The Canadian Imperial Bank of Commerce (CIBC) and TD Bank Financial Group were hit with computer glitches in July, causing disruption to customer accounts and online banking systems.
More than 60,000 personal lines of credit accounts at CIBC were affected by a “system error” on July 28 that caused double-dipping. Withdrawals, deposits, money transfers and debit payments were doubled in some of the line of credit accounts. For example, if a customer withdrew $20, it would appear twice on the transaction record, totalling $40.
CIBC said less than one per cent of its customers were affected by this error, apparently the result of what the bank called “a technical change” to its system. The system stopped in the middle of processing personal line of credit transactions, said Rob McLeod, Toronto-based communications director of the bank.
Once the bank discovered a program error, CIBC fixed the problem and reprocessed the transactions. At the time, the bank did not know that many of the transactions had already been processed — which created the duplication effect on customer accounts, McLeod added.
McLeod wasn’t sure about the program error details, but he said everything was fixed and within 24 hours all computer systems responsible for processing customer transactions were operating normally, while the bank worked to reverse erroneous transactions.
Customers affected by the technical error received letters in the mail and the bank reversed charges incurred as a result of the system difficulties.
An unrelated problem with a hard disk stopped many of CIBC’s President’s Choice Financial customers from being able to view their bank balances for several hours. This was quickly fixed, McLeod said, and the hard disk was replaced.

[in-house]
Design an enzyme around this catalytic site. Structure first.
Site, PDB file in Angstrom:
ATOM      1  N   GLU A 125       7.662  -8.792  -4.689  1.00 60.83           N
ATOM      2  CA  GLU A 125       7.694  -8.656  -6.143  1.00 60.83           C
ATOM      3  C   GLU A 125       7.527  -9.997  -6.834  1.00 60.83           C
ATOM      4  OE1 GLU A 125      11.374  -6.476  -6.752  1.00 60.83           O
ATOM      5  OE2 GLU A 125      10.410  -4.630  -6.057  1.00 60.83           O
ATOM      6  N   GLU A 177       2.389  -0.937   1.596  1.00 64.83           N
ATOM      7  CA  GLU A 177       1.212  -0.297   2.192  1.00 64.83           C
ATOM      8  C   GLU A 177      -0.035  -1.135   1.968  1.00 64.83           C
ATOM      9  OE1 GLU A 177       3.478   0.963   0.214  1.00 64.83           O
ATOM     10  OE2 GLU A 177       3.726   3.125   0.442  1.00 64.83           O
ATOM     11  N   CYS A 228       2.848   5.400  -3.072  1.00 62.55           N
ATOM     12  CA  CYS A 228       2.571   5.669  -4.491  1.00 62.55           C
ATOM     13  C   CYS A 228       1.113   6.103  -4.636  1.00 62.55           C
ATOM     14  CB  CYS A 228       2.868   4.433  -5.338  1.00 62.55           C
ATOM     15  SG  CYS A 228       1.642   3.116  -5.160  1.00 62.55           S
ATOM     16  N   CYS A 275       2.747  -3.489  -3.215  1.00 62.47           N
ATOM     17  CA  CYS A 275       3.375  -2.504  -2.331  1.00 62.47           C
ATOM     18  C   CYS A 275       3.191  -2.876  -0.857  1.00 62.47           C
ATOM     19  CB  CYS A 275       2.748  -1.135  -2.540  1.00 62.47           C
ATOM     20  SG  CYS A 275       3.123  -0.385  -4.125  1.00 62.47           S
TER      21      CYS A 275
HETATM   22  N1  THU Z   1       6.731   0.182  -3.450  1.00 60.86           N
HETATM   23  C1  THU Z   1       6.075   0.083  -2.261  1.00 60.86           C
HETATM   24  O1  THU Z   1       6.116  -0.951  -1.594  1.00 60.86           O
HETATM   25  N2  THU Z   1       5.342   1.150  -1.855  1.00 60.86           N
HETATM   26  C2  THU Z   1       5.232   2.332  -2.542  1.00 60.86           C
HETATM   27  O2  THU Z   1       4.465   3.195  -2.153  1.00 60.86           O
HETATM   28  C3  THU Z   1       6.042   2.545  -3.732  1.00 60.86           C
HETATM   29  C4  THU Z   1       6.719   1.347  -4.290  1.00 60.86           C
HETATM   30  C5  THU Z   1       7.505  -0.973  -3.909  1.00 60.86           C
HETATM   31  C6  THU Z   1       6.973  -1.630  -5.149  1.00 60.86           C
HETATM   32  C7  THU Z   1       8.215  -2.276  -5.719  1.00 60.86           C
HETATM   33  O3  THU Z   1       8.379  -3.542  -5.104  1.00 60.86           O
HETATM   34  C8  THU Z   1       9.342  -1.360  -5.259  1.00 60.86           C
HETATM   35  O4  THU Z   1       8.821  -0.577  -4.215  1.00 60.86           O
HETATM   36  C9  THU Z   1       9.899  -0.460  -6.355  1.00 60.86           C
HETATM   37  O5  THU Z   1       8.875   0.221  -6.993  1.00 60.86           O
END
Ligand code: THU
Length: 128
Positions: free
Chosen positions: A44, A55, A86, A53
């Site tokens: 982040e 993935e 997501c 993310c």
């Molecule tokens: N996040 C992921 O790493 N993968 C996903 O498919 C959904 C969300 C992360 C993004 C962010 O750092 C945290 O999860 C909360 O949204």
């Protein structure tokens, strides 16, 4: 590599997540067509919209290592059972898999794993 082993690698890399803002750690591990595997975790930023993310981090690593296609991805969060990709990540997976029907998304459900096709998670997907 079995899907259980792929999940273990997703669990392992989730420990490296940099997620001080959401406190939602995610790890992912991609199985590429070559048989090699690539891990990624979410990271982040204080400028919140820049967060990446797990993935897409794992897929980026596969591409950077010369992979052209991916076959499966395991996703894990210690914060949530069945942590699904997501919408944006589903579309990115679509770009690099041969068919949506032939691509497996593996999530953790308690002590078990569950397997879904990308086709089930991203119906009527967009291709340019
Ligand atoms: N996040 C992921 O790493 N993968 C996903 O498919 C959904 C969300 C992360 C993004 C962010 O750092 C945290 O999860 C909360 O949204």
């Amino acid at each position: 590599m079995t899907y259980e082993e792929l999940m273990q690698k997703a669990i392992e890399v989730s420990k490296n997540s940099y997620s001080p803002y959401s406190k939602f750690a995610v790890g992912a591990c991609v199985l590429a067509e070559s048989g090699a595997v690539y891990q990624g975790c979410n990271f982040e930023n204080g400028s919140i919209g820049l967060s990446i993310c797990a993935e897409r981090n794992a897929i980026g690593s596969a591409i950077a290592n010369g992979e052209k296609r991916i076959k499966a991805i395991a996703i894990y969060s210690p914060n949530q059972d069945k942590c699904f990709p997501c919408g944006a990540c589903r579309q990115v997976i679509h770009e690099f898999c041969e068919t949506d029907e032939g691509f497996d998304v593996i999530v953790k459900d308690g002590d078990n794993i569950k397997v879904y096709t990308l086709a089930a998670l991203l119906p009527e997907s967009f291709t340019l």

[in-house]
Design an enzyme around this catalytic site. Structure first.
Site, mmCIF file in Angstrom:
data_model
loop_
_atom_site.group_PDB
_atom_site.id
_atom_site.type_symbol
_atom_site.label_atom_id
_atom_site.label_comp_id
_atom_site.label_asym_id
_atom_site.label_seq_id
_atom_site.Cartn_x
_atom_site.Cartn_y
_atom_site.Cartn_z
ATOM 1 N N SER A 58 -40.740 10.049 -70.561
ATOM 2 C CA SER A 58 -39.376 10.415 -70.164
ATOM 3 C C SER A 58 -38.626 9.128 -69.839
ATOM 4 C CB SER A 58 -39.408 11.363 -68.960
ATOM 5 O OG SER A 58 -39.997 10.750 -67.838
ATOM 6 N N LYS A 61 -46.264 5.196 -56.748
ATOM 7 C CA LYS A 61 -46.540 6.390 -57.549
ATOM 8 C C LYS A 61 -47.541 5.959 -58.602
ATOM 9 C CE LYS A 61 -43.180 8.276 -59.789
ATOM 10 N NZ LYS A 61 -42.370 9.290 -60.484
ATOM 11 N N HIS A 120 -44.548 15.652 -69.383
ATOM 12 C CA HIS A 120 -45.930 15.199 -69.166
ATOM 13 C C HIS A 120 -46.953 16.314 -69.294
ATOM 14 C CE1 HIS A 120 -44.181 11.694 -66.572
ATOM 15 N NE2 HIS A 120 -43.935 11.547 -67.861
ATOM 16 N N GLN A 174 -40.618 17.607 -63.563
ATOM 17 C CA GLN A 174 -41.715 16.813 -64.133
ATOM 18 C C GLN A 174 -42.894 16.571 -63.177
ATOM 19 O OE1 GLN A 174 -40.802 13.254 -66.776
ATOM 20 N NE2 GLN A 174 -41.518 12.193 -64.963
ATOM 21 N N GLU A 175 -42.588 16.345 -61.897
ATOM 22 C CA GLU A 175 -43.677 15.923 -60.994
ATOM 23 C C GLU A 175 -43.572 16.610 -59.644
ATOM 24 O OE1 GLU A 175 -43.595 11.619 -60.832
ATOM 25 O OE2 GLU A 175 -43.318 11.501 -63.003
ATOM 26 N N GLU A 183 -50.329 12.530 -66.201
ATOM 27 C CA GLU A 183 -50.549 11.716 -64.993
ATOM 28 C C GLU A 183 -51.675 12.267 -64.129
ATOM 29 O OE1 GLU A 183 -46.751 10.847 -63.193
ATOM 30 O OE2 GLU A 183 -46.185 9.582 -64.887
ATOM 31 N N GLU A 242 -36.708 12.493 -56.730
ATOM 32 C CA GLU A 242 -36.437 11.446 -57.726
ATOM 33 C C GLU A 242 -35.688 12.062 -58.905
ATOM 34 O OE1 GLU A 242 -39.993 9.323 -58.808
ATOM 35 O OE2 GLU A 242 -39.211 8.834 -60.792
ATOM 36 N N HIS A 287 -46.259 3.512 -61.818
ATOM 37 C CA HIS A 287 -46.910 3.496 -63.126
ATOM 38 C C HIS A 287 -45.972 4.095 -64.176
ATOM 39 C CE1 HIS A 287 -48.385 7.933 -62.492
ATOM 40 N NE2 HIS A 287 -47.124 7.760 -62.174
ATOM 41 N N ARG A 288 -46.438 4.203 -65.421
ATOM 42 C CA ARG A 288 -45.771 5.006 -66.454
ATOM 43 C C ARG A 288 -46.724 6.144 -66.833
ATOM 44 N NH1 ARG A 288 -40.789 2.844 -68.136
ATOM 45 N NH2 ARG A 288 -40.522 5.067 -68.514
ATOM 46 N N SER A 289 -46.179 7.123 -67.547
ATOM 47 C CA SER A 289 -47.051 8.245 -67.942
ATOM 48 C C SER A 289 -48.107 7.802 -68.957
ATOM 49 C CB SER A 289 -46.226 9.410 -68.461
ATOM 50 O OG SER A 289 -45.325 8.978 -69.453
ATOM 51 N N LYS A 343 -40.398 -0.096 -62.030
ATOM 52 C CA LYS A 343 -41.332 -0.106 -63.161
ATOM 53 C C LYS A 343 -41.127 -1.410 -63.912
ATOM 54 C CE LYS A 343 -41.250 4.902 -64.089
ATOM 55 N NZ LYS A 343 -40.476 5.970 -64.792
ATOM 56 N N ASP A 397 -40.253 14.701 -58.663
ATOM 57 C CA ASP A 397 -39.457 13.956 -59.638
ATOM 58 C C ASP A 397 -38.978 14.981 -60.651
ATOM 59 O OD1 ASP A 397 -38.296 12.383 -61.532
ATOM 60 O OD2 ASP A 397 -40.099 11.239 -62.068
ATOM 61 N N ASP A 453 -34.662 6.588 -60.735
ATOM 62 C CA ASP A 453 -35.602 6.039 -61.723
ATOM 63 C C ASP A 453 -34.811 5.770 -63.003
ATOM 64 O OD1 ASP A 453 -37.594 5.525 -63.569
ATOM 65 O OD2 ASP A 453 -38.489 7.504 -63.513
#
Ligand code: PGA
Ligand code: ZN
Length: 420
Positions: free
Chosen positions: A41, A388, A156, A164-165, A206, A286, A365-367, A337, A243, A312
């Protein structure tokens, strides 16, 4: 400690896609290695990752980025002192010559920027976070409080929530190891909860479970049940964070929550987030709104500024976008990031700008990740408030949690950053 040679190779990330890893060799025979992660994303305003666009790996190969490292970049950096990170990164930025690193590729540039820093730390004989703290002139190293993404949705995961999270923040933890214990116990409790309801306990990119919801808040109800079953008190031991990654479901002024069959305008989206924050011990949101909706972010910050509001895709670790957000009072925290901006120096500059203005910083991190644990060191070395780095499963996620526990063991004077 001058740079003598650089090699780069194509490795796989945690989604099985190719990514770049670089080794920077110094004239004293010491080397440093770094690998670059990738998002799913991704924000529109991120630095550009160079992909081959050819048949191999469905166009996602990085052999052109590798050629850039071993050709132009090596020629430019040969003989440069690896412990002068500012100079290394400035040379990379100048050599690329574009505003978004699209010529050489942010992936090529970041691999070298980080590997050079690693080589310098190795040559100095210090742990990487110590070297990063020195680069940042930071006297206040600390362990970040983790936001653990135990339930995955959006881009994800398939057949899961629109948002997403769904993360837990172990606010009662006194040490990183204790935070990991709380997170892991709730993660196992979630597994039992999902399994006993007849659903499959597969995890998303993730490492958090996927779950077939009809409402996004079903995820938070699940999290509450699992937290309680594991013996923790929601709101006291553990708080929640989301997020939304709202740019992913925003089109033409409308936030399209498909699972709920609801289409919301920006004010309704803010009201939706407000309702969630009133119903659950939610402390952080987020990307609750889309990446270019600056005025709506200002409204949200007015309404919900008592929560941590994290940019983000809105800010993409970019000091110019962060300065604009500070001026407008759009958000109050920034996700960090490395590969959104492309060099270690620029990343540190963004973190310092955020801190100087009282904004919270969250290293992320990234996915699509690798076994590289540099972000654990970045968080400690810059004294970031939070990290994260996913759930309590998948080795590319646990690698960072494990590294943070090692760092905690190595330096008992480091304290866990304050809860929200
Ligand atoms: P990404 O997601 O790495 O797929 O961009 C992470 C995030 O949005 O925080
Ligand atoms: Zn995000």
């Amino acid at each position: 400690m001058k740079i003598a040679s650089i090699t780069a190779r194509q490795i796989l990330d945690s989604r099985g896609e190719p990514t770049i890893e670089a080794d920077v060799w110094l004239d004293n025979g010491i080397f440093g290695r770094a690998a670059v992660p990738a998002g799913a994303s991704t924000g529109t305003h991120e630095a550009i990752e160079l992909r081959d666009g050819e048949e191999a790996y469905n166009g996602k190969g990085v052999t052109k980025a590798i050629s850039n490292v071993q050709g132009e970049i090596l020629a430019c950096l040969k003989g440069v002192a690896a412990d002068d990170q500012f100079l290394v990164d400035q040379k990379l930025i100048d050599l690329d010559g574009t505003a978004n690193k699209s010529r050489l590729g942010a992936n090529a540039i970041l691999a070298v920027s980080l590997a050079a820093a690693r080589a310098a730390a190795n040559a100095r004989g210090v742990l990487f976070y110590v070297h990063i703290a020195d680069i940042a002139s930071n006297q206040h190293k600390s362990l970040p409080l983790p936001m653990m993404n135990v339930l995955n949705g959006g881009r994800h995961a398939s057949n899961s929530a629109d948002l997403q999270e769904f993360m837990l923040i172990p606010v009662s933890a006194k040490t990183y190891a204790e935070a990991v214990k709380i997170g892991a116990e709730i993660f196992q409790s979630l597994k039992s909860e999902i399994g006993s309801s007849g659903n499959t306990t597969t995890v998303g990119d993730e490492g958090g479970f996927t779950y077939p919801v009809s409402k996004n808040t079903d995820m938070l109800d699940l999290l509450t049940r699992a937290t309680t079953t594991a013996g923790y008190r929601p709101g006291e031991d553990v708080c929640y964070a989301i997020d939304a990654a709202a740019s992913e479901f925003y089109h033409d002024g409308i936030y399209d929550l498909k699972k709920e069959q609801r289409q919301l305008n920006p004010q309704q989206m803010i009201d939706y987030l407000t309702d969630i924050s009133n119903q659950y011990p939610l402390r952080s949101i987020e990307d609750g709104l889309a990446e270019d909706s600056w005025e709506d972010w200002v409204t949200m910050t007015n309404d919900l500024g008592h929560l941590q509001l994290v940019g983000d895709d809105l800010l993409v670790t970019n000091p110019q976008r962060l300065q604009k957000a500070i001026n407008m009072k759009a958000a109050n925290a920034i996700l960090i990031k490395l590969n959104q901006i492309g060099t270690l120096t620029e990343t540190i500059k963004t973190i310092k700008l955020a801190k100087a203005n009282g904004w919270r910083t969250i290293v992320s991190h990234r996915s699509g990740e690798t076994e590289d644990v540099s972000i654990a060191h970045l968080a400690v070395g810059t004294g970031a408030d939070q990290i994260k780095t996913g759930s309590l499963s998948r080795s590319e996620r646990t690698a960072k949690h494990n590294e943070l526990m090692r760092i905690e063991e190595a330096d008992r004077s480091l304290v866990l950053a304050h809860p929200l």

Online issued plagued another bank on July 28. In the evening hours, TD Bank Financial Group’s Web system, EasyWeb, experienced a temporary overload and went offline for several hours. “Customers who logged onto the site got a message saying the service wasn’t available,” said Christa Poole, a spokesperson for TD, speaking on July 29. “Customers’ accounts were not affected.”
TD’s ABMs, however, were affected. Poole said customers at the machines got a “temporarily out of service” message. “The capacity was set for a certain [level of user traffic] based on past trends and in this instance, the capacity was exceeded so the online system temporarily went down,” Poole said. The bank was back up and running within 24 hours. She said it was a one-time occurrence.
Earlier this summer a “processing glitch” at the Royal Bank of Canada discovered during a routine programming update resulted in many client transactions not being reflected in clients’ account balances.